Both the Chevy Volt and the Nissan Leaf have been in the market for less than six months, but some members of the blogosphere are already writing their obituaries. Autoblog Green's Sebastian Blanco, for instance, posted a short but pointed item noting declining February sales for both cars.
The real kick in the tuckas, though, was offered by econoblogger and notorious auto know-nothing Megan McArdle of the Atlantic, who compared the Volt and the Leaf to... wait for it... the Edsel!
Here's a taste:
[D]id two major auto manufacturers dump huge sums of money into a technology that is struggling to get its sales volumes into the four figures?Looking at numbers, missing the market
It certainly wouldn't be the first time that companies have made this sort of colossal misjudgment. It wouldn't even be the first time an auto company has done so. (Remember the Edsel)? March and April sales volumes should be telling: gas prices are high, and the Leaf is supposed to hit 4,000 production units this month. If volumes remain low, we may be looking at green elephants.
For the record, these are the February numbers for both rides. Leaf, 67; Volt, 281. Yes, those are down slightly from January. Yes, you could look at those numbers and come to the same conclusion as McArdle. But then you would be perpetuating her proud tradition of opining on the auto business without even a basic understanding of how the market actually works.
Currently, the Leaf and Volt are being sold in limited markets. Here's some useful point-of-view on how the two vehicles are currently being distributed. Importantly, some Volts aren't even being offered for sale -- they're instead functioning as test-drive models, or "halo" vehicles intended to attract customers to Chevy dealerships. And as far as production goes, pretty much every car that rolls off the assembly lines has already been claimed by an owner.
Ignorance is the soul of witlessness
McArdle doesn't seem to know this (nor does she seem to know that the CEO of Renault-Nissan is Carlos Ghosn, not Charles), which makes me think she's appalled by the idea that two major carmakers would invest heavily in innovation and then -- horrors! -- phase in their market introduction to ensure there aren't any significant real-world problems. "Colossal misjudgment?" Sounds more like quality control to me.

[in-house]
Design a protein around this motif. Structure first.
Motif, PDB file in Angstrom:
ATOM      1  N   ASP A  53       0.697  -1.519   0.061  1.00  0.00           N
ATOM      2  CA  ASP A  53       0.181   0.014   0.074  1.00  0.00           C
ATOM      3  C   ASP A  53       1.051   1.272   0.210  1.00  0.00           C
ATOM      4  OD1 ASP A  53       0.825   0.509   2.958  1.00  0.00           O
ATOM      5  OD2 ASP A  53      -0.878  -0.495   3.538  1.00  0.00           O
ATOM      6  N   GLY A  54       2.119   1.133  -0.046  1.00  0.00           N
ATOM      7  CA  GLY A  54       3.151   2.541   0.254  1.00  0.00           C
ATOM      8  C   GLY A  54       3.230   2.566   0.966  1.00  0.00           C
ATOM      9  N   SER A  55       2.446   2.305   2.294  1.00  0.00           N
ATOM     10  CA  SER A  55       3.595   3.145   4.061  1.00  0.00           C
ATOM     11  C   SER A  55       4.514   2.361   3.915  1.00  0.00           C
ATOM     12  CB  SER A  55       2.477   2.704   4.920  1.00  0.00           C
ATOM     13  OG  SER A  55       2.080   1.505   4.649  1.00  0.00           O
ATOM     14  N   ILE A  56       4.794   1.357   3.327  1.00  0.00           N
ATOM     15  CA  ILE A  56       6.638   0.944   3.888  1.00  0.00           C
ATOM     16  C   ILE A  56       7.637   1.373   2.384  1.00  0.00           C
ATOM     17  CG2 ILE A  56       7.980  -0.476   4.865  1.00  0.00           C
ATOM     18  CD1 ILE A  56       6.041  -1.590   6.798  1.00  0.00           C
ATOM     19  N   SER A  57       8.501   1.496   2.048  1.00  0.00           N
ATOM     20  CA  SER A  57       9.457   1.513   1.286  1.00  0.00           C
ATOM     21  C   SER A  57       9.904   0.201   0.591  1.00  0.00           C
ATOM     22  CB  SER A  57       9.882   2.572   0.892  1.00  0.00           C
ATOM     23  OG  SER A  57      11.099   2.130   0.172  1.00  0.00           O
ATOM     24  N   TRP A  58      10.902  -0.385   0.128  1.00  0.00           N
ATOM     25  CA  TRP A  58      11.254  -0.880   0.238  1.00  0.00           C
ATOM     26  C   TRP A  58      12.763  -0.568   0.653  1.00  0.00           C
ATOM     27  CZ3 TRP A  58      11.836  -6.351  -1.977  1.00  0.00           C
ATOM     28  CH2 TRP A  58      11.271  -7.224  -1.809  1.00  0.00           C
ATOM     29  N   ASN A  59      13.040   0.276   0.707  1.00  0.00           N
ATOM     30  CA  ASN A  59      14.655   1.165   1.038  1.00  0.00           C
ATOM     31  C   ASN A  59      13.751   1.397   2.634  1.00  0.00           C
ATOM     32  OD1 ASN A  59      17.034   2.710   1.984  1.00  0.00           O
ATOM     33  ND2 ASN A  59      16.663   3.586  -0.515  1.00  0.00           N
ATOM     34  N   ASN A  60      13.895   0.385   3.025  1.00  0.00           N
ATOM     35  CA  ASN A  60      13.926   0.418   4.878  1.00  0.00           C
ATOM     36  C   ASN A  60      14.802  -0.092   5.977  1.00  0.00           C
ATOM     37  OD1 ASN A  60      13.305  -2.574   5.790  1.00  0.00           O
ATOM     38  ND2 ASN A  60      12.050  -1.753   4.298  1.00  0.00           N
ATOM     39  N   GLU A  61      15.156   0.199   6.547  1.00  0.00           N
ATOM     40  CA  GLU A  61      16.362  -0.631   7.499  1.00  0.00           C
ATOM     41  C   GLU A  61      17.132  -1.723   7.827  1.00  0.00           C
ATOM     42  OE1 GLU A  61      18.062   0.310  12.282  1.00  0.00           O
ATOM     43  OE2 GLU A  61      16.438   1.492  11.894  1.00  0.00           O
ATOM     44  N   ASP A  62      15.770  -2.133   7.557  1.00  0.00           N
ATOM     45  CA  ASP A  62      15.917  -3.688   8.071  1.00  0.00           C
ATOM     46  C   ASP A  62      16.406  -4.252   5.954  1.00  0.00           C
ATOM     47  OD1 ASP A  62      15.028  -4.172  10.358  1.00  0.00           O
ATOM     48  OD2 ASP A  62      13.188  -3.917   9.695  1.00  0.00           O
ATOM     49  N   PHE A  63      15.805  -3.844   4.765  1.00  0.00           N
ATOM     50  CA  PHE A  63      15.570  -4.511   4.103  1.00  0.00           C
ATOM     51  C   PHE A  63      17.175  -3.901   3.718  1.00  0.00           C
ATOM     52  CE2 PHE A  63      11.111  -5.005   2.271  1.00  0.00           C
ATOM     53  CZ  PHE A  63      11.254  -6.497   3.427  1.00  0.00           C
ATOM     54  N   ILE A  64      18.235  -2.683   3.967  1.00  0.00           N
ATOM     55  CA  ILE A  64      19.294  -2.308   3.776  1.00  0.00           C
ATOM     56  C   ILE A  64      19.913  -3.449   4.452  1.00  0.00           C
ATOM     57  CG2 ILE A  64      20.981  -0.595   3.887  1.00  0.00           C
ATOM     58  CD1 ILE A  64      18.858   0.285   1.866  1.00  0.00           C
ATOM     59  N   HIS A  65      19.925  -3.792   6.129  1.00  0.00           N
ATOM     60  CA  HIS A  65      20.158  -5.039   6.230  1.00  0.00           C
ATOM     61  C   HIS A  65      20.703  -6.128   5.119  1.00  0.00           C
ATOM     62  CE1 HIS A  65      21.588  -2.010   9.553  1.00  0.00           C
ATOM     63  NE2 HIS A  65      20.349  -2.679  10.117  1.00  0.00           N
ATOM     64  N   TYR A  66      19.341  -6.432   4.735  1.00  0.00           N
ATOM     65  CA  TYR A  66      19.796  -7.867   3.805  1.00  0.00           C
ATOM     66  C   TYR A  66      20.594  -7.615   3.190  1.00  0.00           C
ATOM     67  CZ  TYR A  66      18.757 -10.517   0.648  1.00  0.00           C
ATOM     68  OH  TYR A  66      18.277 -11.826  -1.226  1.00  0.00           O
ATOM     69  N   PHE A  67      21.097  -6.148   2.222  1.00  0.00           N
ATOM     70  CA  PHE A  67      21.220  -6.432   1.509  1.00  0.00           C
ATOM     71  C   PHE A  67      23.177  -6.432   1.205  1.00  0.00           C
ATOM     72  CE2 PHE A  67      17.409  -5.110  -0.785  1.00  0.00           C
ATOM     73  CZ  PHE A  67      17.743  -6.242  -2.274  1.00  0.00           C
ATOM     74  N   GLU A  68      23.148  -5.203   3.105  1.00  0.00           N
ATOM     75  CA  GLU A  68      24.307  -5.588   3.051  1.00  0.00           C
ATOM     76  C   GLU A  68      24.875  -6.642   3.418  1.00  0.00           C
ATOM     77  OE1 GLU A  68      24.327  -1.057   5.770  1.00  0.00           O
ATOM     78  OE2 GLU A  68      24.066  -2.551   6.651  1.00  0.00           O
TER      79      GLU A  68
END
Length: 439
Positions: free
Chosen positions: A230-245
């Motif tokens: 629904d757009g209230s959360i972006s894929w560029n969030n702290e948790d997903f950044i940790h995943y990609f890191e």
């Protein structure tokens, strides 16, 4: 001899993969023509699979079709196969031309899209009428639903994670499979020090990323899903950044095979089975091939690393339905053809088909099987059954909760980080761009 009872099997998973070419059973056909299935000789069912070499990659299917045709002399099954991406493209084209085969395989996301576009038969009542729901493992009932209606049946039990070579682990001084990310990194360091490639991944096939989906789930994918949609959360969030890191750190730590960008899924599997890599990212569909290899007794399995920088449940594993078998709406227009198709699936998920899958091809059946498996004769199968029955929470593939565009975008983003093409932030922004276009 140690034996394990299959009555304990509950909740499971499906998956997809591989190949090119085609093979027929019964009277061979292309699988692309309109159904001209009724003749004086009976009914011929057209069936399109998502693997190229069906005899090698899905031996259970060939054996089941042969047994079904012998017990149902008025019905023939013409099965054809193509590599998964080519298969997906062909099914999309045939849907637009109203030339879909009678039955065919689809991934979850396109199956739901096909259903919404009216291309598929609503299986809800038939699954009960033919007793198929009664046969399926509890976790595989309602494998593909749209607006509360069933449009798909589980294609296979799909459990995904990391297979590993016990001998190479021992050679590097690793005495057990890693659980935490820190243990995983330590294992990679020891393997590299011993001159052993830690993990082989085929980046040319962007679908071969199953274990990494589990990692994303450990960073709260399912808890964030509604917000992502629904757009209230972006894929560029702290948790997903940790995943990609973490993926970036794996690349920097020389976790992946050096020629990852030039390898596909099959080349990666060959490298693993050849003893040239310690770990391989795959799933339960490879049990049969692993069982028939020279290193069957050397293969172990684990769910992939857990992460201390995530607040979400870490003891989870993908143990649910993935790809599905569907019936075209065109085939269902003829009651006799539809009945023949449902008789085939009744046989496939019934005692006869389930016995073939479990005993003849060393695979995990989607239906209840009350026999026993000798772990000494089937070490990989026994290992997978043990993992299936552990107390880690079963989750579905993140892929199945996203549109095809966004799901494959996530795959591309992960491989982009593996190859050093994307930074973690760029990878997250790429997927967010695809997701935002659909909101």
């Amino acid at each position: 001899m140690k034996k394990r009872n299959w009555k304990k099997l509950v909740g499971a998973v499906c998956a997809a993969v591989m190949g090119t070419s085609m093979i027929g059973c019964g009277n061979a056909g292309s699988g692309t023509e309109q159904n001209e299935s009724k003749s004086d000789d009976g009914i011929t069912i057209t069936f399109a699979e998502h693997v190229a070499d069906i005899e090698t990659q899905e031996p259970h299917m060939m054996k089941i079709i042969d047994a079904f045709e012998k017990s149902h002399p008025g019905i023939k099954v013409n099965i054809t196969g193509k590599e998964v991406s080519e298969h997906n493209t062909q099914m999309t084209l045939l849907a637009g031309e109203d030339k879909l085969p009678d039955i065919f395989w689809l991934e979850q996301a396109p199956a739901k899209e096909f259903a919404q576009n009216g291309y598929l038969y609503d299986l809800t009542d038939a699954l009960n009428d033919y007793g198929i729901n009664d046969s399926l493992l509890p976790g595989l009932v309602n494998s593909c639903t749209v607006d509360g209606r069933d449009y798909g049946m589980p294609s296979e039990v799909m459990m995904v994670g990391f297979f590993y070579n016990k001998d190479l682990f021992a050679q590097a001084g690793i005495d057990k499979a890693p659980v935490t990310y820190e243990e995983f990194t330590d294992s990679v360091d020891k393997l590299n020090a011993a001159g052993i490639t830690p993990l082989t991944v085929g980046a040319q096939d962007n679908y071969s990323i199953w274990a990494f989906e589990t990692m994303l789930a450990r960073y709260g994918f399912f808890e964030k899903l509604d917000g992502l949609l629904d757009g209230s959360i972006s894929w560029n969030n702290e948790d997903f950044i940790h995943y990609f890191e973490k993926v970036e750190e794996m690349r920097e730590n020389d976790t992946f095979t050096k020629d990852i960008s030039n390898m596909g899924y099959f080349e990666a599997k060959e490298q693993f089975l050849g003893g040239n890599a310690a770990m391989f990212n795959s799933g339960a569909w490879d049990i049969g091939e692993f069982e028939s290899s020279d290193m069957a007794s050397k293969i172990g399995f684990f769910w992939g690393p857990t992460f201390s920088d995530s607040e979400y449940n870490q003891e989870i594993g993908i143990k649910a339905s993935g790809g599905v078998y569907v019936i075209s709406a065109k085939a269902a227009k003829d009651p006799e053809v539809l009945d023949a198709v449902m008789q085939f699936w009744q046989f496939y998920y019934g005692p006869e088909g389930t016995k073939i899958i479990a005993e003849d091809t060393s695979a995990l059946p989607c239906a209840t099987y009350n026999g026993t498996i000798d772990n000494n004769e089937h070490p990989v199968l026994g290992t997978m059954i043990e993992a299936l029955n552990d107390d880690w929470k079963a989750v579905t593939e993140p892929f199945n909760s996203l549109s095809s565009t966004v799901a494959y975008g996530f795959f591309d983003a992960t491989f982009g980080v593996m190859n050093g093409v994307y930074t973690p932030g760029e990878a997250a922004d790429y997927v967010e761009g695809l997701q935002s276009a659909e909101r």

It will be another few months before currently allotted Leaf and Volt production comes fully online, by which point both vehicles may individually surpass the early numbers logged by the Toyota (TM) Prius in its first six months in the U.S. market back in 2001: just shy of 6,000 cars sold. Of course, gas was much cheaper in those days, so Prius sales were largely being propelled by environmentally conscious early adopters, not by folks hoping to save at the pump.
Losing money is actually OK
As for dumping "huge sums of money into a technology that is struggling to get its sales volumes into the four figures," the same charge could have been leveled at Toyota after the Prius debuted. That vehicle cost billions to develop and didn't really earn out until the 2008 gas crunch. Now look at it go.
The Volt and Leaf may experience the same market dynamic (although I suspect rising gas prices will juke their popularity). What's more important is both cars define their niche. Volt, with its range-extending technology, is the clear transition from hybrids to longer-range all-electric cars. Leaf is the first mass-market EV -- a Tesla (TSLA) Roadster for the rest of us.
So why all the bad vibes?
It's not hard to understand why libertarian-trending McArdle would be rooting for bailed-out General Motors (GM) to fail with the Volt -- or why she'd quote reliable GM critic Edward Niedermeyer of The Truth About Cars on why Chevy can't support Volt production goals. But what's her problem with the Leaf? Wasn't it Nissan, after all, that in 1981 pioneered using non-union labor to build cars in Tennessee, a right-to-work state?
As for the Edsel crack, it's always worth noting when this comparison comes up that Ford (F) didn't spend millions developing a radically advanced new car in the 1950s -- it spent millions trying to create a new car division so that it could do battle with GM. Bad car? Maybe. Bad corporate business decision? Definitely.